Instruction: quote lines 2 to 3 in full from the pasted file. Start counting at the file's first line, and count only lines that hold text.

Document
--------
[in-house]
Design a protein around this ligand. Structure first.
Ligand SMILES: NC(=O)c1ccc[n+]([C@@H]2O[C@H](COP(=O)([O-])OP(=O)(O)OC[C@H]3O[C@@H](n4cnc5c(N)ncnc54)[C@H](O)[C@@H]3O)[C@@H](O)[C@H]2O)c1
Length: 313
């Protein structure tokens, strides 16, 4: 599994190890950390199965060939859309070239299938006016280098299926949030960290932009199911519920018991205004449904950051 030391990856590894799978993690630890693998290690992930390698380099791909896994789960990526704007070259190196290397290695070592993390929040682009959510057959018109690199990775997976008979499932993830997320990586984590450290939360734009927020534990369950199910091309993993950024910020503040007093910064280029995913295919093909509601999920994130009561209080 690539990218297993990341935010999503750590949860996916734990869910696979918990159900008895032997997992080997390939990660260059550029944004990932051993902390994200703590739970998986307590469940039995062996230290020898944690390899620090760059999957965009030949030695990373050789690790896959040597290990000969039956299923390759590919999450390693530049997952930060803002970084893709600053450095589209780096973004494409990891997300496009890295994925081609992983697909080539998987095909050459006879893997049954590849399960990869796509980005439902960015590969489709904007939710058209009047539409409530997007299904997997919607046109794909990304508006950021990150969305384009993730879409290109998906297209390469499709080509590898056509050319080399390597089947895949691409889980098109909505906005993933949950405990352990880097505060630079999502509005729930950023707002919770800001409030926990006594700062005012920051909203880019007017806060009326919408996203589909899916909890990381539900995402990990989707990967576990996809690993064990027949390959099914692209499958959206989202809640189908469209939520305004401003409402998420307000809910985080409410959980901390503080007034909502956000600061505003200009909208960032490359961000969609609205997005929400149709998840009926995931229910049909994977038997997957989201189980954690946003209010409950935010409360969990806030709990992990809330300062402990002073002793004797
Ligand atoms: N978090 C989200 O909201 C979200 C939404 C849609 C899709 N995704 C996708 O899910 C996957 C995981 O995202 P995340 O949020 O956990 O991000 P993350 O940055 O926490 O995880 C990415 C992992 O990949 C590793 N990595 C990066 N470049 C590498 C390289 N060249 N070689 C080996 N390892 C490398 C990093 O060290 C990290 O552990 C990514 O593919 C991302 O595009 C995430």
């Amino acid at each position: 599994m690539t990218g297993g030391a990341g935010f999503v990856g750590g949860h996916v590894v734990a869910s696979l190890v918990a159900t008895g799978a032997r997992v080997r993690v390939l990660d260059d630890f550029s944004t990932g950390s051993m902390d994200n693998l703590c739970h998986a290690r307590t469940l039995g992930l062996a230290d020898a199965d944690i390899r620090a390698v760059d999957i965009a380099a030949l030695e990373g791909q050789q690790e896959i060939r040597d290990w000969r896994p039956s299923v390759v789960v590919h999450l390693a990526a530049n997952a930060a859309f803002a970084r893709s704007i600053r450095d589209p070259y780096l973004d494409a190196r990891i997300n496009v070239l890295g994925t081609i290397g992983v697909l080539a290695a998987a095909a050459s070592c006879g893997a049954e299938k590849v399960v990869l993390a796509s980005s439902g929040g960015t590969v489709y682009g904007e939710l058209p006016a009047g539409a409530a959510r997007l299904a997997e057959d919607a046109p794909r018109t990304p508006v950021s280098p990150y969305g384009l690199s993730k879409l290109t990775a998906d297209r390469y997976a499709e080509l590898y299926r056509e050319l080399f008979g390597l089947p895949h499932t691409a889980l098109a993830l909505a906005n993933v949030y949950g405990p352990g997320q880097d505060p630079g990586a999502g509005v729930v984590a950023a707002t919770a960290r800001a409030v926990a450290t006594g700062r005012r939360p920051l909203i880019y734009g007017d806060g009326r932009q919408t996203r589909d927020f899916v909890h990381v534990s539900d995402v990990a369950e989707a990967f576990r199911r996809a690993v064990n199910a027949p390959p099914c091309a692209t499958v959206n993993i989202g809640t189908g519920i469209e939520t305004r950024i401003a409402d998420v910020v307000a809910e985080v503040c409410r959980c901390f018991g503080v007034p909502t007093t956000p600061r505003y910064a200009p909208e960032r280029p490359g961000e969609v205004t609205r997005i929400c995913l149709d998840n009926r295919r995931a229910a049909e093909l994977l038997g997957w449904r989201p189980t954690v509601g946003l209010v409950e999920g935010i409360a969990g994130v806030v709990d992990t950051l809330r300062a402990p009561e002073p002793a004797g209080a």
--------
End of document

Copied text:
Design a protein around this ligand. Structure first.
Ligand SMILES: NC(=O)c1ccc[n+]([C@@H]2O[C@H](COP(=O)([O-])OP(=O)(O)OC[C@H]3O[C@@H](n4cnc5c(N)ncnc54)[C@H](O)[C@@H]3O)[C@@H](O)[C@H]2O)c1